Award-winning historian and novelist Richard Slotkin recreates the childhood of Abe Lincoln.
In a brilliant work of historical imagination, Abe immerses the reader in the isolating poverty and difficult circumstances that shaped Abraham Lincoln's character. Marked by his mother's horrible death and the struggle to keep reading and learning in the face of his father's fierce disapproval, Abe persevered, growing into the complicated and empathetic man who changed the course of American history. Slotkin's Abe comes of age during a dramatic flatboat journey down the Ohio and Mississippi Rivers to New Orleans. Along the way, Abe and his companions see slavery firsthand and experience the violence-and the pleasures-of frontier settlements and the cities of Natchez and New Orleans. Numerous historical characters make appearances alongside the colorful denizens of the Mississippi: preachers and vigilantes, planters and thieves, prostitutes and lady reformers.
Transformed by what he has seen and done, Abe returns to make his final break with his father and to step out of the wilderness into New Salem-and history.
Le informazioni nella sezione "Riassunto" possono far riferimento a edizioni diverse di questo titolo.
In the early 1980s, politicians got a lot of mileage out of reading--or noisily claiming to have read--Gore Vidal's biographical novel Lincoln. Now pols wanting to lay claim to the 16th president's mythical integrity have another book to add to the shelf. In Abe: A Novel of the Young Lincoln, Richard Slotkin sets out to discover the very roots of Lincoln's politics. And this American Studies professor goes for the deep roots: In the first chapter, Abe listens to his mother tell him the story of "how Moses would grow up tall, and whup the man that whupped the children, change the serpents to sticks and break the sea so the children could get over, and home to their milk and honey..." Young Abe founders when he loses his adored mother and sister to early death, and sets off on a river journey to New Orleans.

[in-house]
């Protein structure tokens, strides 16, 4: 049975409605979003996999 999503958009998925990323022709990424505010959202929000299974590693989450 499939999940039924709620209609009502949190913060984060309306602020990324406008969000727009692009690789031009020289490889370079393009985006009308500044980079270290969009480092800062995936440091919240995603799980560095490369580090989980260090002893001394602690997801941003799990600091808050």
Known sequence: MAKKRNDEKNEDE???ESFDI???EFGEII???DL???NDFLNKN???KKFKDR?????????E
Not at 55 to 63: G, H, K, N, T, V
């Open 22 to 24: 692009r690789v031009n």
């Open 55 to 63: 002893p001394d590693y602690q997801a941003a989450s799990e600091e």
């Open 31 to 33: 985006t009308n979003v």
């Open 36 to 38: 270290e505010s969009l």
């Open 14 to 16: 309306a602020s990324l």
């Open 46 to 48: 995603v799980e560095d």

His character is formed--and his notion of America--as he travels from the North to the South. Along the way he forges an uncompromising, difficult friendship with Sephus, a slave. Slotkin handles this relationship deftly, allowing it complexity and avoiding any off-key Noble Savage notes. Here he underplays the men's first handshake, a physical acknowledgment of their uneasy equality: "Without thinking Abe put out his hand. Sephus looked at it. Then gave it a quick shake with his big dry sandy-palmed hand, turned, and went to call the men to supper." Nor does Slotkin make his hero a saint. Right afterward, "Abe was embarrassed. It was thoughtless to shake hands like that. If the others seen him, they'd give him the laugh." In the end, of course, Abe returns to the North and runs for office. In the meantime, Slotkin has given us a rough Lincoln, one who accepts and provides no easy answers. --Claire DedererAbout the Author:
Richard Slotkin is the Olin Professor of American Studies at Wesleyan University. He is the author of Gunfighter Nation and Regeneration Through Violence, both National Book Award finalists, and The Crater, a novel.
Le informazioni nella sezione "Su questo libro" possono far riferimento a edizioni diverse di questo titolo.
Descrizione libro Condizione libro: Brand New. Book Condition: Brand New. Codice libro della libreria 97808050412311.0
Descrizione libro Henry Holt and Co., 2000. Hardcover. Condizione libro: New. book. Codice libro della libreria 0805041230
Descrizione libro Henry Holt and Co., 2000. Hardcover. Condizione libro: New. Codice libro della libreria DADAX0805041230
Descrizione libro Henry Holt and Co., 2000. Hardcover. Condizione libro: New. Codice libro della libreria P110805041230